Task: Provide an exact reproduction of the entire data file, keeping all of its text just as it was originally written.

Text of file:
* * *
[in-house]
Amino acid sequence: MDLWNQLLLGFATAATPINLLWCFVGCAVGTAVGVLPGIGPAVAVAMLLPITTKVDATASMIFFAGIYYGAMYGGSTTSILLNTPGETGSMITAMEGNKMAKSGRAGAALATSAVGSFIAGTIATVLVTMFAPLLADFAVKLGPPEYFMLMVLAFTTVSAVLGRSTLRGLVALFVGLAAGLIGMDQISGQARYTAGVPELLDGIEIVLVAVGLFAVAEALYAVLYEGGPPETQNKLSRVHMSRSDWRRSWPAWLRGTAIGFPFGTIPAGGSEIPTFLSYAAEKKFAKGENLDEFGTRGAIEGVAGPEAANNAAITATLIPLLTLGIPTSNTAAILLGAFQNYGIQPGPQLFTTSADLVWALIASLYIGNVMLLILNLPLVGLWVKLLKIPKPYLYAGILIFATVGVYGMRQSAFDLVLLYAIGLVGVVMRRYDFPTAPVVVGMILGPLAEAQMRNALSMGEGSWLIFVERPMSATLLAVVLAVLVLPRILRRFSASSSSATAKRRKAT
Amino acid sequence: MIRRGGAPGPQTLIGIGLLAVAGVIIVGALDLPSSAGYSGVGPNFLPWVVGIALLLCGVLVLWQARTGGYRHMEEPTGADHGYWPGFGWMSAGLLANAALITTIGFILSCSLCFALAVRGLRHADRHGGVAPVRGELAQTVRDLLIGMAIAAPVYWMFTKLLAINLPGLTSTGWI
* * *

[in-house]
Amino acid sequence: MDLWNQLLLGFATAATPINLLWCFVGCAVGTAVGVLPGIGPAVAVAMLLPITTKVDATASMIFFAGIYYGAMYGGSTTSILLNTPGETGSMITAMEGNKMAKSGRAGAALATSAVGSFIAGTIATVLVTMFAPLLADFAVKLGPPEYFMLMVLAFTTVSAVLGRSTLRGLVALFVGLAAGLIGMDQISGQARYTAGVPELLDGIEIVLVAVGLFAVAEALYAVLYEGGPPETQNKLSRVHMSRSDWRRSWPAWLRGTAIGFPFGTIPAGGSEIPTFLSYAAEKKFAKGENLDEFGTRGAIEGVAGPEAANNAAITATLIPLLTLGIPTSNTAAILLGAFQNYGIQPGPQLFTTSADLVWALIASLYIGNVMLLILNLPLVGLWVKLLKIPKPYLYAGILIFATVGVYGMRQSAFDLVLLYAIGLVGVVMRRYDFPTAPVVVGMILGPLAEAQMRNALSMGEGSWLIFVERPMSATLLAVVLAVLVLPRILRRFSASSSSATAKRRKAT
Amino acid sequence: MIRRGGAPGPQTLIGIGLLAVAGVIIVGALDLPSSAGYSGVGPNFLPWVVGIALLLCGVLVLWQARTGGYRHMEEPTGADHGYWPGFGWMSAGLLANAALITTIGFILSCSLCFALAVRGLRHADRHGGVAPVRGELAQTVRDLLIGMAIAAPVYWMFTKLLAINLPGLTSTGWI